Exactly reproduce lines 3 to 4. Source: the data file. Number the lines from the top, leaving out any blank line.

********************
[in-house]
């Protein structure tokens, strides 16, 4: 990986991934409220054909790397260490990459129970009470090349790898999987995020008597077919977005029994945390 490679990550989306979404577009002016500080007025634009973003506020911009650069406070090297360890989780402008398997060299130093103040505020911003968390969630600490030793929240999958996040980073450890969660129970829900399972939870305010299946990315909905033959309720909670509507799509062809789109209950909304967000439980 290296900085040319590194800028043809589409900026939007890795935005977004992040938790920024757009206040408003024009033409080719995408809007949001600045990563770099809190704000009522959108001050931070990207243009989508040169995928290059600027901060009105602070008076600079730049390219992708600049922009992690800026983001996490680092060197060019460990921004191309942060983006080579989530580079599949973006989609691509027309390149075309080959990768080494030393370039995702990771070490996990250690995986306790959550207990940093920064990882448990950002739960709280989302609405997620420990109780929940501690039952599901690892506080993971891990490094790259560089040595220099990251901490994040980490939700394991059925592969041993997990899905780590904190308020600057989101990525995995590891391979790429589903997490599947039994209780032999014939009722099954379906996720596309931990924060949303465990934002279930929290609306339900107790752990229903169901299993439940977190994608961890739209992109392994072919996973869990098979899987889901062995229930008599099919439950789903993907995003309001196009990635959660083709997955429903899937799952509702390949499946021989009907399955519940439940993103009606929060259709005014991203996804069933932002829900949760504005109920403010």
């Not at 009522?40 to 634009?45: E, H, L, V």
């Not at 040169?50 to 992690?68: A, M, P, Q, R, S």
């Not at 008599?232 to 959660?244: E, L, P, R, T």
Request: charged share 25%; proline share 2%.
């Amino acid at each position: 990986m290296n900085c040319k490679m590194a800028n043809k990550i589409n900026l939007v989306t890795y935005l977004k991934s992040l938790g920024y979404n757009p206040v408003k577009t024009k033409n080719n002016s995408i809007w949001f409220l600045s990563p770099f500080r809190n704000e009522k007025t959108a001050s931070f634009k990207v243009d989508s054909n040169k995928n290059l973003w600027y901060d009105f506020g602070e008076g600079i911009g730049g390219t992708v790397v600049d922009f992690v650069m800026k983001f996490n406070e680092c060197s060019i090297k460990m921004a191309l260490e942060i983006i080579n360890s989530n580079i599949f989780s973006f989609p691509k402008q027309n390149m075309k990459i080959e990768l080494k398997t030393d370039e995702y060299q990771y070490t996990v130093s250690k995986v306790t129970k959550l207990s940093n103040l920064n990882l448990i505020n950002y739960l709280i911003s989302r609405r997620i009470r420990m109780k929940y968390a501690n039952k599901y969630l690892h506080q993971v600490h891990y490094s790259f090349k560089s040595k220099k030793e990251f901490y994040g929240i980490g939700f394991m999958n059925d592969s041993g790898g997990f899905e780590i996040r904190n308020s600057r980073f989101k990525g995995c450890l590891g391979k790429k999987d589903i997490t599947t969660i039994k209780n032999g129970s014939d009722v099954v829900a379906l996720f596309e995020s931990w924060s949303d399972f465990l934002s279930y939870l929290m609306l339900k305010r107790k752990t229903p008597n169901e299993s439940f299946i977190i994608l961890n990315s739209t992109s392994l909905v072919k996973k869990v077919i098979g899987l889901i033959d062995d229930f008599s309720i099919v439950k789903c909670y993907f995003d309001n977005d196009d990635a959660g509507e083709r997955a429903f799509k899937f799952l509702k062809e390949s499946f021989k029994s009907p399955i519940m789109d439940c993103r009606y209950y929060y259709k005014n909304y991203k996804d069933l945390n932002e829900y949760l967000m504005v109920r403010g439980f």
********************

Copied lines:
């Not at 009522?40 to 634009?45: E, H, L, V």
């Not at 040169?50 to 992690?68: A, M, P, Q, R, S």